Thursday, July 18, 2013

Snyder & Teacher - The Classroom as the Street

Here is a guest post from Snyder detailing an awesome morning with Teach on the streets of Melrose:

I arrived early at the Ethos Gallery Fame Yard. As I rolled into the parking lot I glanced up into the day's first rays of light and saw a figure dangling from a ladder easily 24ft. high above the ground. While most of the community was still slapping around their snooze alarm, this artist was hand painting the first base coat of his largest stencil piece to date.

It is not uncommon for a street artist to manage pieces alone. Minutes ago I was balancing on the top step of a paste dripped a-frame ladder in flip flops amongst the early commuter honks of Melrose. Street artists are comfortable doing this, as well as seeing this among their contemporaries, but the sight of Teacher, one of the most technically skilled artists in the game, blew me away.

I instantly offered help, but was politely waved off. With the giant billboard looming just overhead, the rejection seemed justified.

I took a seat and enjoyed a rare exhibition of a carefully honed technique. Though the morning wind was mild, I nervously watched Teacher climb the ladder with the gigantic stencil in hand, reach the top and tape it to the facade. I offered help, but was again met by a polite refusal.

Teacher carefully lined up the piece before climbing back down to the ground. We exchanged pleasantries, caught up on life, and before I knew it, he was back on the ladder.

The organized apparatus of ladders alone was a piece of art. Each ladder extended to a higher level eventually concluding with a not-so-easy hoist onto the high roof above Melrose. A sight only a few have witnessed and one which flip flops unfortunately prevented. Once atop, Teacher enjoyed the view, slapped some stickers and began spraying the top of the piece.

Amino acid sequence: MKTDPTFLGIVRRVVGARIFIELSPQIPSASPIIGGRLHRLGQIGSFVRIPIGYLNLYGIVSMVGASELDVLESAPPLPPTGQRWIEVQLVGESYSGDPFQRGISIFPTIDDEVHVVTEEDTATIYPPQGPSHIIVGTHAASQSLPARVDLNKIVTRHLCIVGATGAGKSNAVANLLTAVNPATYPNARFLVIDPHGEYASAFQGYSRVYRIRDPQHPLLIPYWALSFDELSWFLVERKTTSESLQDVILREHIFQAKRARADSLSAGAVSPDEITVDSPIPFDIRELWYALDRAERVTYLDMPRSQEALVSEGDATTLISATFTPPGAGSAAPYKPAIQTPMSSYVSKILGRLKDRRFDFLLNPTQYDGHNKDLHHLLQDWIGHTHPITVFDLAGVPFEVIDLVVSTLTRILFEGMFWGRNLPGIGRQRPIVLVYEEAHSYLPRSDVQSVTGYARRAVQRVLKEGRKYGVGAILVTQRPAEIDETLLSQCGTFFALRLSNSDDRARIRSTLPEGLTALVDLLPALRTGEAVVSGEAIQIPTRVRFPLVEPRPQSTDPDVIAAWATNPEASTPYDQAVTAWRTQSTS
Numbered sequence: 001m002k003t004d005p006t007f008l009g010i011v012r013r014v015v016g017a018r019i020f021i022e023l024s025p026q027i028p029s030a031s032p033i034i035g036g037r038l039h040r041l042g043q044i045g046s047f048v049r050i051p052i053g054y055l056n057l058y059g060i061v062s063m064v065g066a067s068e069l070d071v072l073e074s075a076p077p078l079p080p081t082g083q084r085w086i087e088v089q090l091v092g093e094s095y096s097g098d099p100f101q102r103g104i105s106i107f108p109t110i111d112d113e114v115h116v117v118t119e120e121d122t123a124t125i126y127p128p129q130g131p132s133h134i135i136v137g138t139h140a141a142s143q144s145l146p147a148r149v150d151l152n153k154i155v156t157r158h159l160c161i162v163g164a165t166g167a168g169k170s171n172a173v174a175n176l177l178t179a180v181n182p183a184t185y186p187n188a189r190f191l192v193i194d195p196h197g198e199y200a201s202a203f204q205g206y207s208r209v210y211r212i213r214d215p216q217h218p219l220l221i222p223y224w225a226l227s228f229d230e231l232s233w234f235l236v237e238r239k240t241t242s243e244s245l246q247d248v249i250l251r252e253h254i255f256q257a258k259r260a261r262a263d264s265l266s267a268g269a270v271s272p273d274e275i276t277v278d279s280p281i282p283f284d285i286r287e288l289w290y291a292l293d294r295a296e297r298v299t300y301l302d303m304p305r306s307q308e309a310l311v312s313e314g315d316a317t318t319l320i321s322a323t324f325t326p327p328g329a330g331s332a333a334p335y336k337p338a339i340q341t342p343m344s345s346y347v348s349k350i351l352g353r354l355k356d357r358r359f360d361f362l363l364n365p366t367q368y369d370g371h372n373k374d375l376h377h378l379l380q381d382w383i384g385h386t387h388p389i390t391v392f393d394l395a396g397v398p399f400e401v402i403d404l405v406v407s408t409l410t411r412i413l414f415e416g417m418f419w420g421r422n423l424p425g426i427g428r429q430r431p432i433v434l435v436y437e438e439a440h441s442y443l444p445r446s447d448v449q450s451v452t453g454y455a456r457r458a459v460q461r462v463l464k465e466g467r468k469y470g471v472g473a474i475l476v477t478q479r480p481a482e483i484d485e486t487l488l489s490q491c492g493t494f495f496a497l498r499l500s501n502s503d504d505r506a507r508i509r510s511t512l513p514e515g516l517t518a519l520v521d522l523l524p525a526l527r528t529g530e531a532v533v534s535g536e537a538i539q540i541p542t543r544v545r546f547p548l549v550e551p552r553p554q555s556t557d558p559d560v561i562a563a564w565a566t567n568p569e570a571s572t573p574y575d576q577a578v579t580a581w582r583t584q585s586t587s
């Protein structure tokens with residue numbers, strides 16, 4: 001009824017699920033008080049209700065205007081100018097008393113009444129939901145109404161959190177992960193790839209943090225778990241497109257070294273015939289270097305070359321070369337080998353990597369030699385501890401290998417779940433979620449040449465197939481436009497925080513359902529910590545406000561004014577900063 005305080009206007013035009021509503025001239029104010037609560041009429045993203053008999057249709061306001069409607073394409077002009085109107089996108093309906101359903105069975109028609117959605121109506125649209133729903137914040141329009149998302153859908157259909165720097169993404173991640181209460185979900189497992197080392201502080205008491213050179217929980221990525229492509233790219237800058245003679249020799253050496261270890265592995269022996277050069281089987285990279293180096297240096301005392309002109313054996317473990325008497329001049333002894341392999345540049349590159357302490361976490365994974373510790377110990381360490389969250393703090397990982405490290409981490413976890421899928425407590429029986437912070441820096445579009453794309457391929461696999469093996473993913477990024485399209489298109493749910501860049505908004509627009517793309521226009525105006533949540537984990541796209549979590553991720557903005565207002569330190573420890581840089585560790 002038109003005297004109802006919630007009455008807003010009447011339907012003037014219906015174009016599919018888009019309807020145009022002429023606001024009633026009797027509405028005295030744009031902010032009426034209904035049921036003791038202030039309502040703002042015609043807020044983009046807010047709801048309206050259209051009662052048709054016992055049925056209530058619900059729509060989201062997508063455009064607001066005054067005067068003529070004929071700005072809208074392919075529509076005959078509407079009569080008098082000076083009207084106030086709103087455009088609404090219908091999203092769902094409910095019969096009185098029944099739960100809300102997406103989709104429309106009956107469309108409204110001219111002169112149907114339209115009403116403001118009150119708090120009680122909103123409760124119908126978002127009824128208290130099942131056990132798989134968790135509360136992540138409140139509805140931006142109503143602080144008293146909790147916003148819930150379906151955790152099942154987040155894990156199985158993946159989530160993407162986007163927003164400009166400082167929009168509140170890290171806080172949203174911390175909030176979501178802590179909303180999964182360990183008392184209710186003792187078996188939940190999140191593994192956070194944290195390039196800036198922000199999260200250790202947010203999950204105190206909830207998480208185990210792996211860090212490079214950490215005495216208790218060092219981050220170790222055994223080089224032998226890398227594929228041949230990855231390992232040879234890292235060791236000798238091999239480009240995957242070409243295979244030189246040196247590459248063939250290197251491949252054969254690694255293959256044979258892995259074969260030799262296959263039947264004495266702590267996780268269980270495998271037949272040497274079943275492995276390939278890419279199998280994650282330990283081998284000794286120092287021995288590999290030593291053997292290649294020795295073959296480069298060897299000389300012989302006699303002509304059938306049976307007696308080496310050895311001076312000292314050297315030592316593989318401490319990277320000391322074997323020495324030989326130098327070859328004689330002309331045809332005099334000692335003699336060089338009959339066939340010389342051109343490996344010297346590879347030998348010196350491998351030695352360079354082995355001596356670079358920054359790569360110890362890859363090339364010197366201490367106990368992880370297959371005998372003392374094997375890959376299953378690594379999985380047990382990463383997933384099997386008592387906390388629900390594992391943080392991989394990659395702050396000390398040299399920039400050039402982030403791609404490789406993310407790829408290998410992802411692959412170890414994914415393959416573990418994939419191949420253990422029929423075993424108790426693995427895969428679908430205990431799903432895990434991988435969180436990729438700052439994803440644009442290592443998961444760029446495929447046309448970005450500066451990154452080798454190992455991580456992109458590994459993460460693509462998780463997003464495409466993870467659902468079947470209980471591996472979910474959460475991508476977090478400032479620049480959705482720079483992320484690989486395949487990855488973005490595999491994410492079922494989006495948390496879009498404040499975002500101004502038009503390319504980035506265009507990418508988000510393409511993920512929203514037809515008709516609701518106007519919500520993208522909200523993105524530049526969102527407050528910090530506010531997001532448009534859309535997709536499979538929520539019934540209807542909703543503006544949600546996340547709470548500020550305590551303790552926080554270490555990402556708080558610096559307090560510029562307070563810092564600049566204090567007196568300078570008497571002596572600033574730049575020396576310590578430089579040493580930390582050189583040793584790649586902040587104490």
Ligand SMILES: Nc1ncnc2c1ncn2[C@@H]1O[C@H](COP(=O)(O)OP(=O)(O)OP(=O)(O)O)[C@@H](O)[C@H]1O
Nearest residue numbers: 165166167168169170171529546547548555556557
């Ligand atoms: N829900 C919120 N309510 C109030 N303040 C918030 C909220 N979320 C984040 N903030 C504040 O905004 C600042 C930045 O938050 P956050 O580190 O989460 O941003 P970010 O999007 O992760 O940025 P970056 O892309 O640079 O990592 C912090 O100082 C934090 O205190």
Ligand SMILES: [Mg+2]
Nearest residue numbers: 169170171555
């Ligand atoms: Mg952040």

I was surprised how long it took him to spray the entire black layer, but soon related to the comfort of not having to rush through a piece. As he carefully worked his way down the top half and continued the lower half from the ladder, I meandered the yard with my box of trouble adding color to the recently buffed walls, later to find that in between climbing ladders and swapping gigantic stencils, Teacher managed to snap some photos of me in the midst of some of my own shenanigans.

I returned while Teacher was still atop the ladder and was greeted by a neighbor of the yard. A lady in her 50s with a strong accent greeted me as I scouted areas around an empty dumpster. She expressed her admiration for Teacher and his evolving piece. She eagerly offered her driveway to Teacher requesting a portrait of Jacqueline Kennedy. Teacher liked the idea, but I could tell he was focused on one piece at a time.

The last few streaks were sprayed along with some finishing drips. Teacher descended from the ladder, joined me at the back of the parking lot and together we admired his largest finished stencil piece to date.

On this early morning I removed all background knowledge of this LA artist. I looked past his views on the current state of public education and for the moment, I ignored the his journey to bring light to the unfavorable conditions of public educators. I stripped down this educational experience and took it for face value. The classroom was the street. The chalkboard was a 30 foot urban wall and the subject was how to start and finish a fucking gigantic stencil all by yourself!


Dig it!  Snyder is a master of self stencils himself, so to take a student's approach and still enjoy a learning experience like this shows how it is about learning and love of art, not ego.  Great artists and great story!

Click the jump to check out all of the early morning rooftop action

***Thanks to Snyder for the pics!***

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